This map depicts the natural gas deposits (brown) in the Durham area that may be harnessed through fracking in coming years.
Special to The Chronicle
This map depicts the natural gas deposits (brown) in the Durham area that may be harnessed through fracking in coming years.

Since the North Carolina legislature approved hydraulic fracturing, more commonly known as fracking, in July 2012, state representatives have debated how to move the process forward.

Despite the bill’s approval, drilling in the state will not occur for several years until safety regulations are put in place. The conversation regarding fracking occurred after the discovery of a large shale gas basin in North Carolina. The shale basin, which spans across Moore, Lee, Chatham, Wake, Granville and Durham Counties, has been targeted by companies who hope to drill and harvest the energy stored within the rock. Experts believe that less-developed counties will be targeted first, because the financial benefits of fracking will be higher there.

“It’s less likely in Durham,” said Brian Miles, chair of the Durham Environmental Advisory Board. “They’re going to go where the costs are lowest, and there is a chance of negative public perception, so they’ll probably go to the rural counties. They’re more used to working in those environments.”

The bill’s approval means that fracking will be ready to go as early as 2014, but it will be up to each county to determine whether it will participate.

Fracking, which involves drilling both vertically and horizontally to access deep rock layers, uses explosive charges and high pressure fluid to induce fractures in the rock in order to release the natural gas and oil stored inside. This fuel can then be brought back to the surface, at which point it is harnessed and sold. Although fracking may lead to a substantial revenue boost in drilling neighborhoods, the techniques used to access this fuel introduce possible environmental dangers that could threaten the health of North Carolina residents, causing state representatives to consider safety regulations. Duke researchers are at the forefront of studying the pros and cons of fracking and what it means for North Carolina.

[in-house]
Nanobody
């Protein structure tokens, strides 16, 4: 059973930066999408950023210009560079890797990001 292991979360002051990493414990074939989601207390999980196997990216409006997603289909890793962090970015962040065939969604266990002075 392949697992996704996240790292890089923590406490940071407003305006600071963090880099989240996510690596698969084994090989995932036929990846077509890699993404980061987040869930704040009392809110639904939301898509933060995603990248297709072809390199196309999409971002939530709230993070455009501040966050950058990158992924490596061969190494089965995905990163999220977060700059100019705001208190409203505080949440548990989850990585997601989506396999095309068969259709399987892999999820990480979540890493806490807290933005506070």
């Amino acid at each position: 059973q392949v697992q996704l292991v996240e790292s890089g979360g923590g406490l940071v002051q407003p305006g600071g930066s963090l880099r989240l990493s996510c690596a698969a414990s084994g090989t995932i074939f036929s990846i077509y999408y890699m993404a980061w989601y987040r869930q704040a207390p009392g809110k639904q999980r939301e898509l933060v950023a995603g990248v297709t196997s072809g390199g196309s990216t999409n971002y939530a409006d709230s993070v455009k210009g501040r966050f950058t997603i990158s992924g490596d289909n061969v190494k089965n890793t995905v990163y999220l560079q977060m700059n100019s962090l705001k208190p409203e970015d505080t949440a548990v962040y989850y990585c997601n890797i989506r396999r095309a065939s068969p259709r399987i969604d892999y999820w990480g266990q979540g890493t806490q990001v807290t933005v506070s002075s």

No longer ‘clean energy’

For a time, hydraulic fracturing was the face of clean energy, a far more environmentally friendly alternative to previous coal mining practices, said Avner Vengosh, professor of geochemistry and water quality at the Nicholas School of the Environment, who is currently conducting a large-scale study on the effects of fracking nationwide.

“When shale gas and fracking started, many environmentalists saw it as the clean future of energy,” he said. “In fact, several large environmental groups, like Sierra Club, were supporting it. Now they’re realizing that there are some issues [with fracking] and they are going back from that.”

The main environmental threat from fracking, ignoring secondary problems such as noise and air pollution from truck traffic and on-site generators, is water contamination. For his research, Vengosh and his colleagues have gathered over 700 water samples from places like Pennsylvania and West Virginia, where nearly a thousand new sites are drilled each year. He has found that contamination, if identified, can come from both methane gas leakage and wastewater disposal.

When the flammable greenhouse gas methane leaks from fracking pipelines into groundwater, water sources can become saturated with it, making kitchen sink pyrotechnics a real possibility.

Additionally, the dumping of liquid waste can contaminate ground water sources, creating toxic drinking water.

“We see [in the wastewater] that there are man-made chemicals, high salinity and naturally occurring radioactivity released from the formations,” Vengosh said.

Fracking companies are exempt from the Clean Water Act, which regulates the discharge of pollutants into water systems, so companies are not required to disclose how many and what chemicals they put in the ground. Companies claim that revealing the formulas would allow competitors to copy their techniques and take away profits, but the secrecy also makes it harder to study where the harmful fluids end up, Vengosh said.

“The natural gas industry is powerful,” said Rebecca Vidra, lecturer and director of undergraduate studies for environmental science and environmental science and policy. “[It] has many friends in Washington.”